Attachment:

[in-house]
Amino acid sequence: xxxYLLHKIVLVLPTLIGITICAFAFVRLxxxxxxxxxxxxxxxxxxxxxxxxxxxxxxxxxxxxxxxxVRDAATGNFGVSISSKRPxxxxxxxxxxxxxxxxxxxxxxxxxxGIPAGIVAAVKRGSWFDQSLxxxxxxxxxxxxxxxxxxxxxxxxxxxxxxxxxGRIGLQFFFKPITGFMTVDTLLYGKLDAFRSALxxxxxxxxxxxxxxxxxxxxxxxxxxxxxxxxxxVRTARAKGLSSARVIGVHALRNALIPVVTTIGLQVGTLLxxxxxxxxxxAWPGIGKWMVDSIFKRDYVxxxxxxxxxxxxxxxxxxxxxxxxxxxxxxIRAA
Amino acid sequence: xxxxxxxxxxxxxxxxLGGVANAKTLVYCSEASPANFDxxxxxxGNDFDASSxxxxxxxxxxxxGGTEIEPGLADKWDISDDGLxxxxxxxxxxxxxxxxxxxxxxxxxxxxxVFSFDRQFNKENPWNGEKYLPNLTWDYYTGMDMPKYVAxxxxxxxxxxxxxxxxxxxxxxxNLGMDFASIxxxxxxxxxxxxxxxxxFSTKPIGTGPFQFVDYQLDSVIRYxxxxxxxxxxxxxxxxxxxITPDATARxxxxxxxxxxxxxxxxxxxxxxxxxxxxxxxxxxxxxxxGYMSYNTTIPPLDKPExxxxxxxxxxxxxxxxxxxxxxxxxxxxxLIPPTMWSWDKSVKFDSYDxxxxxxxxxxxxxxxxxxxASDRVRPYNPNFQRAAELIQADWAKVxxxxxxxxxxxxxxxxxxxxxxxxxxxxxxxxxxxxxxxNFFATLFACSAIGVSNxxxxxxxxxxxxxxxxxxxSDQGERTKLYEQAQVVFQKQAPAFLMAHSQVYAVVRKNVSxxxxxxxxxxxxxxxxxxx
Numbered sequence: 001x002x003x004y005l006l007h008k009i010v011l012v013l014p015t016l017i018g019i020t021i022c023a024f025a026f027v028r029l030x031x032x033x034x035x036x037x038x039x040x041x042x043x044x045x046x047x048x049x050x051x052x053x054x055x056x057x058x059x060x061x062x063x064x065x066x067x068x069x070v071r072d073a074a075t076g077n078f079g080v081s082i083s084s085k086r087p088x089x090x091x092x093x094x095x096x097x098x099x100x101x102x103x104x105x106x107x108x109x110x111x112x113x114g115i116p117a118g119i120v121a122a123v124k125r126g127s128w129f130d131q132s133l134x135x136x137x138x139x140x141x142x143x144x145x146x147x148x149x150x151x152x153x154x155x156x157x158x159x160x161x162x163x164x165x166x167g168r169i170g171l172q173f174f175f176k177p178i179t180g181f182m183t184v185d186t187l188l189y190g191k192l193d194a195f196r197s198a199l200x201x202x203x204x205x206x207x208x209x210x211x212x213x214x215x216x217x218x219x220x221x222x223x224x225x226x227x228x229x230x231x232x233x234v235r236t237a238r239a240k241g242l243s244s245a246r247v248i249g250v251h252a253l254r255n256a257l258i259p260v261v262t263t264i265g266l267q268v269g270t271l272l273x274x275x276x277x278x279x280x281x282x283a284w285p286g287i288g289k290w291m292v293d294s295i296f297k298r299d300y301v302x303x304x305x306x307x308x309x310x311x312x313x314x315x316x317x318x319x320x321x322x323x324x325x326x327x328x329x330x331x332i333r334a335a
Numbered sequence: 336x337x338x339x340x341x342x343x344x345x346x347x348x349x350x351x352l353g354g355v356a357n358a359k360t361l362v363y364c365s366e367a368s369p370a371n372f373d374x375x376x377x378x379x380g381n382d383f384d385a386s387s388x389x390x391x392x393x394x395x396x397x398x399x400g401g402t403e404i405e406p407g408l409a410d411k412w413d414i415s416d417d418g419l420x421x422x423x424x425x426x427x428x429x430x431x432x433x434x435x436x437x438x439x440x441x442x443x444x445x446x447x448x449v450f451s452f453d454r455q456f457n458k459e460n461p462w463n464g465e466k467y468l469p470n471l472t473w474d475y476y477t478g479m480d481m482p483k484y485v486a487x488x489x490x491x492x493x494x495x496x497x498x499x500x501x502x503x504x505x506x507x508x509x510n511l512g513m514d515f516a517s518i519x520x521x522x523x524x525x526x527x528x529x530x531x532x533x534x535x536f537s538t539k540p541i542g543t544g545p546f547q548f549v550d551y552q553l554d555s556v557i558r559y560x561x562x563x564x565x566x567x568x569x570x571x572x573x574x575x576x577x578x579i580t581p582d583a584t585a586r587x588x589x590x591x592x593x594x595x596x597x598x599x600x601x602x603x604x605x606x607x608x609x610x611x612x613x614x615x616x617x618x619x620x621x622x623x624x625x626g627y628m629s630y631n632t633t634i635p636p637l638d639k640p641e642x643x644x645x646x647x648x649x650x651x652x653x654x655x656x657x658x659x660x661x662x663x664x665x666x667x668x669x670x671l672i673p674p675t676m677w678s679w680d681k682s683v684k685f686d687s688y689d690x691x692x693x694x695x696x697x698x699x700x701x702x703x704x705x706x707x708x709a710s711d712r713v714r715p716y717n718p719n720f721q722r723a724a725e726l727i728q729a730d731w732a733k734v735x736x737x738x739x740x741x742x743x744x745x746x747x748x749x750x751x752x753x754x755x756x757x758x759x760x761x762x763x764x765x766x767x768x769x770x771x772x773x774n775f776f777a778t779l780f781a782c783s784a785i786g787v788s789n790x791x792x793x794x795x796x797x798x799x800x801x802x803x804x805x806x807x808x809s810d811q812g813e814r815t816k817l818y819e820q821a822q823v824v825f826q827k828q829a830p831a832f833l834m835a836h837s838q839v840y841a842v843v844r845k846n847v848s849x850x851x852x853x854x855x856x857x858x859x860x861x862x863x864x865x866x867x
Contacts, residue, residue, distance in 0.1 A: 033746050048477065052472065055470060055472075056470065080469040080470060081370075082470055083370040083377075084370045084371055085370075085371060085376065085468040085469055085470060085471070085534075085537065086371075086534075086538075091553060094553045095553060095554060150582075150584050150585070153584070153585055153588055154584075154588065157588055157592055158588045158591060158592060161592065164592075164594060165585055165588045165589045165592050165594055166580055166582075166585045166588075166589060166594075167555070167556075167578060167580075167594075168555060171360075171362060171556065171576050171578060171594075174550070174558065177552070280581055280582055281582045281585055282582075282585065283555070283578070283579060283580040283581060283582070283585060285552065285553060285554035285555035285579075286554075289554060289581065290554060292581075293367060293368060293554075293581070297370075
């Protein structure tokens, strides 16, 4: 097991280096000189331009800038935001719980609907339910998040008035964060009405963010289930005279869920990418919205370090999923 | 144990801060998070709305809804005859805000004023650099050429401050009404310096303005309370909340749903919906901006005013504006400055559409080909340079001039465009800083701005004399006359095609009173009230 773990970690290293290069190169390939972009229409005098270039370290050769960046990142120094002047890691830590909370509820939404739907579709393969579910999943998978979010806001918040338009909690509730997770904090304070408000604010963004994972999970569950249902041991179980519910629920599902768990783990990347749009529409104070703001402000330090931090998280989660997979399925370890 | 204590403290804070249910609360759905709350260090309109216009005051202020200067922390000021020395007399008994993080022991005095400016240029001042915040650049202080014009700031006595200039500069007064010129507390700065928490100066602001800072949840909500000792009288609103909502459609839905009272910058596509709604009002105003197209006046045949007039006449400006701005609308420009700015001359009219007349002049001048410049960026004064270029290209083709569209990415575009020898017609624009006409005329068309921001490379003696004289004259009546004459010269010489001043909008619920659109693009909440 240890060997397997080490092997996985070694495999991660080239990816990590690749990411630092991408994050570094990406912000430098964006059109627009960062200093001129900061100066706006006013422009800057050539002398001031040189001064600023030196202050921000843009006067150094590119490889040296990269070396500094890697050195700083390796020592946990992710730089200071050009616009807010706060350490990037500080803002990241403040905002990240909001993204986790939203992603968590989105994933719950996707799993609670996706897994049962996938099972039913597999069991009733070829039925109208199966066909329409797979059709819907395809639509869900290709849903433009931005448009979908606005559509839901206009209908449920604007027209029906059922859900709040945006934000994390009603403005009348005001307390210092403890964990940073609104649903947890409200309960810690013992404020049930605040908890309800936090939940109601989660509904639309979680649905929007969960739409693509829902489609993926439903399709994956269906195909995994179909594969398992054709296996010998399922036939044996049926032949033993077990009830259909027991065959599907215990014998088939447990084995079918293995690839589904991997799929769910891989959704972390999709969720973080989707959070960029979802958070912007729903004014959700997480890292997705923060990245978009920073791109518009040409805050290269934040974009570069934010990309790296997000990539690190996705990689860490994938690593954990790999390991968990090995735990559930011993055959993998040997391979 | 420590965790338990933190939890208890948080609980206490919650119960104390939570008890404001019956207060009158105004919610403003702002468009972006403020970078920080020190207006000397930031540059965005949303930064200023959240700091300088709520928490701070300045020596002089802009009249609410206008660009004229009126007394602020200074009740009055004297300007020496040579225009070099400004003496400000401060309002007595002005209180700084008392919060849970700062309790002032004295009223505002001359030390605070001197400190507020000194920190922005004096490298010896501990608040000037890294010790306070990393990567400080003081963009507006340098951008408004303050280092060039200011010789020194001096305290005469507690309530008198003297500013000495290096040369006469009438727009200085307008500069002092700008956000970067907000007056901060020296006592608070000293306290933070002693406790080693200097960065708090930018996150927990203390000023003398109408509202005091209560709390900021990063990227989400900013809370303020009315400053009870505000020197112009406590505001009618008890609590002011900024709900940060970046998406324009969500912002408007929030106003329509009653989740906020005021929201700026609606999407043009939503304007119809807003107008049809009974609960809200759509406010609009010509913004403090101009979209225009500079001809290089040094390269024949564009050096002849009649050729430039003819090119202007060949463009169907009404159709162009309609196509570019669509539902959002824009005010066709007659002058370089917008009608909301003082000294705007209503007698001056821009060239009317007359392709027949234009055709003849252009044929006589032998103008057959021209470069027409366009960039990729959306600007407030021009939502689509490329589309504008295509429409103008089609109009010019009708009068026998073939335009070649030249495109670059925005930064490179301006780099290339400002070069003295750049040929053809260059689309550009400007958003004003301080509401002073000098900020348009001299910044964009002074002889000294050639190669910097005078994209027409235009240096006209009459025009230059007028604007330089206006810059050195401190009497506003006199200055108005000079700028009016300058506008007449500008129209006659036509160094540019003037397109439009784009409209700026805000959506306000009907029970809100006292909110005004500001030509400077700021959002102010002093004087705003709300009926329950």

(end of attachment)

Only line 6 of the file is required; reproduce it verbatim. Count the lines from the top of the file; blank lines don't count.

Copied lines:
Contacts, residue, residue, distance in 0.1 A: 033746050048477065052472065055470060055472075056470065080469040080470060081370075082470055083370040083377075084370045084371055085370075085371060085376065085468040085469055085470060085471070085534075085537065086371075086534075086538075091553060094553045095553060095554060150582075150584050150585070153584070153585055153588055154584075154588065157588055157592055158588045158591060158592060161592065164592075164594060165585055165588045165589045165592050165594055166580055166582075166585045166588075166589060166594075167555070167556075167578060167580075167594075168555060171360075171362060171556065171576050171578060171594075174550070174558065177552070280581055280582055281582045281585055282582075282585065283555070283578070283579060283580040283581060283582070283585060285552065285553060285554035285555035285579075286554075289554060289581065290554060292581075293367060293368060293554075293581070297370075